So, as mentioned earlier – a canonical URL is simply set by using the HTML link attribute rel=”canonical”. Therefore, in order to set one on any page of a website, simply add the following code in the <head> </head> section of a webpage’s HTML source code:

<link rel="canonical" href="https://rankmath.com/about/">

And then, simply replace https://rankmath.com/about/ with the URL that you’d like to set as the canonical URL for the page that you’ve added the above code to. 

5 When Should You Use Canonical URLs?

5.1 301 Redirects vs Using rel=canonical

Not sure if it would make more sense to implement a redirect or make use of canonicalization? The easiest way to put it is: 

If it’s possible to use redirects to fix the problem, use a redirect. However, use canonical URLs if you still want both versions of the page to be accessible (just not in search results) and it simply wouldn’t be possible to use redirects to make that happen. In other words, if a webpage is identical or near-duplicate and serves no additional purpose in being accessible to the internet (i.e. users of your site or search engines), then simply redirect it to whichever you consider a priority. 

And when this isn’t possible because both pages still serve a valid & valuable purpose in being accessible, then use a canonical URL to specify which of the related pages you’d prefer search engines to consider as the original/master page. 

5.2 Do Pages Need a Self-Referencing Canonical URL?

In the image of the Rank Math SEO Meta Box that appeared earlier in this post, we didn’t link another page by inserting a URL but the canonical URL was set to to the current page itself.

It’s strongly recommended to have the rel=canonical link elements on all pages mainly because this has been adopted as a best practice ever since Google confirmed that this is the best way to deal with it.

The potential side-effect of not having self-referencing canonical URLs on pages that point to the plain version of the URL is running into duplicate content errors. That’s why adding a self-referencing canonical to URLs is good practice – and you’ll be pleased to hear that the Rank Math SEO plugin already does this so you don’t have to worry about it.

Most people assume that their website doesn’t have any duplicate content because they obviously haven’t published the same piece of content over and over on purpose. That being said, that isn’t necessarily true because search engines crawl individual URLs, not pages on your website.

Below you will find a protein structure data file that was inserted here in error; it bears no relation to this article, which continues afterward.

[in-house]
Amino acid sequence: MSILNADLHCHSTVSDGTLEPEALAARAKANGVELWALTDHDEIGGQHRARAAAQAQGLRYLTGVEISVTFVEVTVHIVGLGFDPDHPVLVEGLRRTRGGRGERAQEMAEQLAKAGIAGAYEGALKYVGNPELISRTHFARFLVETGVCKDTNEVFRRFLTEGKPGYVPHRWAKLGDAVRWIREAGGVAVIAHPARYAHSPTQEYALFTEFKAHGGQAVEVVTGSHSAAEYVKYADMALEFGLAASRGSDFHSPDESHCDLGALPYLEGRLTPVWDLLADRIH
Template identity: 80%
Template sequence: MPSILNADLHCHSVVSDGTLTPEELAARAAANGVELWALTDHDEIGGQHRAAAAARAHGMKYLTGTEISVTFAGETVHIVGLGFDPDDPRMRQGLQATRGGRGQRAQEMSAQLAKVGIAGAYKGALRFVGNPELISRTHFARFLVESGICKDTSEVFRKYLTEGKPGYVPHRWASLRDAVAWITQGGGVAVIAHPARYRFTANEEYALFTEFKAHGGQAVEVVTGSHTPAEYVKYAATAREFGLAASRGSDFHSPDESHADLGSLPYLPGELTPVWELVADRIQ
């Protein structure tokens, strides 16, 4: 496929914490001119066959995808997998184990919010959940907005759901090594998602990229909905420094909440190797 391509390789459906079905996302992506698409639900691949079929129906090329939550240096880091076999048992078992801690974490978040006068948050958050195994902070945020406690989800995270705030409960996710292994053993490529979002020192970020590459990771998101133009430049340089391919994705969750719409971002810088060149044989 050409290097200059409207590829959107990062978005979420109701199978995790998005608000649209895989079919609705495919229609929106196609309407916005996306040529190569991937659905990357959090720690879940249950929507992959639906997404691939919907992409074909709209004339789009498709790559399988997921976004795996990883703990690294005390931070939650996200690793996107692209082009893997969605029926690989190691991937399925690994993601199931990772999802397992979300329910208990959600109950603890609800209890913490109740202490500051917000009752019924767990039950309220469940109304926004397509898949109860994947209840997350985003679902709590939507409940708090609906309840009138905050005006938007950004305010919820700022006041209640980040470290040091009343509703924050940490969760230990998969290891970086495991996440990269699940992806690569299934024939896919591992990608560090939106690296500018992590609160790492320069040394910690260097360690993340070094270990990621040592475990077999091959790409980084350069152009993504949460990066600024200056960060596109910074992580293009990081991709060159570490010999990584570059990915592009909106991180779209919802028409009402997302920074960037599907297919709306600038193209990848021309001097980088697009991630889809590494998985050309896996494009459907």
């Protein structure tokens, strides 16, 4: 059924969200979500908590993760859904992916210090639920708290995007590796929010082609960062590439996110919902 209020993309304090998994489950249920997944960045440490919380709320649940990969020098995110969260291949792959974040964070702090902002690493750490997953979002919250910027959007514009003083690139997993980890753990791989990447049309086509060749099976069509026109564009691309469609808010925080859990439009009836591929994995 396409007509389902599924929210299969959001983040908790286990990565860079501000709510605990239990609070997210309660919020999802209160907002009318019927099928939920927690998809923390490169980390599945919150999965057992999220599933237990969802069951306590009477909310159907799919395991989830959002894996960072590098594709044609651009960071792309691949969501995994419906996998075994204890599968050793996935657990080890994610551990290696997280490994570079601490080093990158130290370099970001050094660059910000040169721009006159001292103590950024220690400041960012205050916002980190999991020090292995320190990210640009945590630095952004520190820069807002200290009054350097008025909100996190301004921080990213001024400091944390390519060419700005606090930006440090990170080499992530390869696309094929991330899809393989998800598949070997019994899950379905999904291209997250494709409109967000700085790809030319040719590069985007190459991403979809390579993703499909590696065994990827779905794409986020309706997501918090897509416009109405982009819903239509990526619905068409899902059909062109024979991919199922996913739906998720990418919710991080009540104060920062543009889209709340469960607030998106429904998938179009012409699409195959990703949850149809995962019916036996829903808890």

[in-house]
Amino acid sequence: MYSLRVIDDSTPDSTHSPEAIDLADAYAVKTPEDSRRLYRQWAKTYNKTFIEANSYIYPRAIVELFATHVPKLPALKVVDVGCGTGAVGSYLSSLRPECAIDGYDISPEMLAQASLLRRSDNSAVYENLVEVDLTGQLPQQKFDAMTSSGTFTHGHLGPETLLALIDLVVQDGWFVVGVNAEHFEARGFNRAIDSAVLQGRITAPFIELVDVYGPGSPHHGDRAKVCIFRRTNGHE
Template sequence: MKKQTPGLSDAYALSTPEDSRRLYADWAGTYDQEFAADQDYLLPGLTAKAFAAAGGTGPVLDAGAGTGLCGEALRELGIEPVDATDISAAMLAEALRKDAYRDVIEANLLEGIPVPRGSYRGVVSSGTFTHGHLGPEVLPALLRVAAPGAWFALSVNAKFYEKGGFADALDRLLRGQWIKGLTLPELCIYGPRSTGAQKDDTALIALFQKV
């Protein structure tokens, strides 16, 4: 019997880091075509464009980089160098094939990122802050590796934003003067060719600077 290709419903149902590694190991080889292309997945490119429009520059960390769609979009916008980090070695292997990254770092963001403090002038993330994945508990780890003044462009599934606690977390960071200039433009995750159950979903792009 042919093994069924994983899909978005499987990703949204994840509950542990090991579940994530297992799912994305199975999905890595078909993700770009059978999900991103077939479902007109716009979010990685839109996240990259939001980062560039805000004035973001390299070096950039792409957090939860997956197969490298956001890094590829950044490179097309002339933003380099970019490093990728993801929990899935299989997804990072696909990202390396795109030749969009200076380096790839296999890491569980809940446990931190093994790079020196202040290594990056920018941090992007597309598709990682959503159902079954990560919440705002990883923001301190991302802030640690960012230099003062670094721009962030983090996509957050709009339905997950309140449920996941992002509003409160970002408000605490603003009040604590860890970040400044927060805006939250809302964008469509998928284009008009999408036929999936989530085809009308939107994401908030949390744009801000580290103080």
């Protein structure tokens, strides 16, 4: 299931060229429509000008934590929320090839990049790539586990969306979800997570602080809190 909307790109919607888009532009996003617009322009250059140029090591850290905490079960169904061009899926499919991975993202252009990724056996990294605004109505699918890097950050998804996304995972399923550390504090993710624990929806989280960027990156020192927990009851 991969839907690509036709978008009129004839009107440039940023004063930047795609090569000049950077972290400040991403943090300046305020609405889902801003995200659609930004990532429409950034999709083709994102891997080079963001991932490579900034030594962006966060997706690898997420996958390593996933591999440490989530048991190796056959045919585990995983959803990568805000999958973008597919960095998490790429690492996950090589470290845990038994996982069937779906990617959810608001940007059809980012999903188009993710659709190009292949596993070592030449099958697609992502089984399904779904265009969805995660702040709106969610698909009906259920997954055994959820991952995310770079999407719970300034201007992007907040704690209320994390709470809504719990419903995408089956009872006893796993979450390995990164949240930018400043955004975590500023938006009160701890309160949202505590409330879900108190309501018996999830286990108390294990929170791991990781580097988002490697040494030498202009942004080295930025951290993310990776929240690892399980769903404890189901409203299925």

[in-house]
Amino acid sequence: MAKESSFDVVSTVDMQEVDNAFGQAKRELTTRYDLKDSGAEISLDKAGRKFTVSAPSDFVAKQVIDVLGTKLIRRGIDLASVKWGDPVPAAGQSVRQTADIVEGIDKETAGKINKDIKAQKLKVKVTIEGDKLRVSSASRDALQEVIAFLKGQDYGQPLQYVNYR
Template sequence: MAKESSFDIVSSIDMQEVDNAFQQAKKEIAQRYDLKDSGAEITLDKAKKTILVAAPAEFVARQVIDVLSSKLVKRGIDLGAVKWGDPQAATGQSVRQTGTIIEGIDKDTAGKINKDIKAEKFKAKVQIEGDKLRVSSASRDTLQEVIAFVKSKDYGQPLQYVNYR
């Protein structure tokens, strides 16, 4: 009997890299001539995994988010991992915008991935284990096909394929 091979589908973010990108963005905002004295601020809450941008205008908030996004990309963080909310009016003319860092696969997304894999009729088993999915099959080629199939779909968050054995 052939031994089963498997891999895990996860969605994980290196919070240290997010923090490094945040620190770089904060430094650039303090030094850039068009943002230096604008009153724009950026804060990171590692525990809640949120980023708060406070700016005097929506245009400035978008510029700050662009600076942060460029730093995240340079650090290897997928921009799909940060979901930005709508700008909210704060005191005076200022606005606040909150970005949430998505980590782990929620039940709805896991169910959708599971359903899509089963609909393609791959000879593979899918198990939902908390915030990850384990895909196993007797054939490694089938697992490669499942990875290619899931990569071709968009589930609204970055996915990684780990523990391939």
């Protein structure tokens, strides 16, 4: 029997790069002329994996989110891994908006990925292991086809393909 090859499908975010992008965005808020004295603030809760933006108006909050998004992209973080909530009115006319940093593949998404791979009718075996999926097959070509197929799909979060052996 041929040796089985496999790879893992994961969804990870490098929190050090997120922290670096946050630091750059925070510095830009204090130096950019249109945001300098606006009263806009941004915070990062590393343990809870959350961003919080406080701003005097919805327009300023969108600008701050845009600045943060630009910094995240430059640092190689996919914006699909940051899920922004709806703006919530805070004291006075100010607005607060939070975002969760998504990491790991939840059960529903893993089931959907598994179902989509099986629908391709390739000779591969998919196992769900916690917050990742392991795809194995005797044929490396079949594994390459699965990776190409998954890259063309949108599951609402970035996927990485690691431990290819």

Yes, this really means that they would see rankmath.com/blog/seo-audit and rankmath.com/blog/seo-audit?id=123 as unique pages despite being the same actual page with either very similar or exactly the same content.

https://rankmath.com/blog/seo-audit/
https://rankmath.com/blog/seo-audit/?utm_source=active%20users&utm_medium=email
http://rankmath.com/wordpress/seo-plugin/?utm_medium=twitter

URLs with query strings such as the one shown above are known as parameterized URLs and can cause problematic duplicate content issues on websites – especially ones that allow filtering such as eCommerce websites.

And this is why self-referencing canonicals are incredibly useful. People may often link to URLs with queries and UTM parameters – which means that when that happens, Google may start picking up the URL with parameters as the canonical version. Therefore, taking advantage of self-referencing canonicals helps avoid this situation by explicitly specifying which URL you consider the most important or primary version of that page. 

5.3 Cross-Domain Canonical URLs

In the event that you do have the same piece of content on multiple domains, you can also make use of canonicalization. A great example of this is some websites that scrape and reshare content from websites that are not their own – possibly curating articles in a specific niche. If a canonical URL is set to the original source of the content (where it was first published) then any links that point to the second version will count towards the original canonical version’s – increasing the original content’s chances of ranking. 

5.4 Canonicalization for AMP Pages

AMP HTML documents as required to set canonical URLs on all AMP pages that reference the non-AMP equivalent (or self-reference the AMP page if there is no equivalent available). The canonical tag is a mandatory HTML element for AMP content to be considered valid and in cases where it is possible the canonical tag is supposed to point to the original non-AMP version of the content.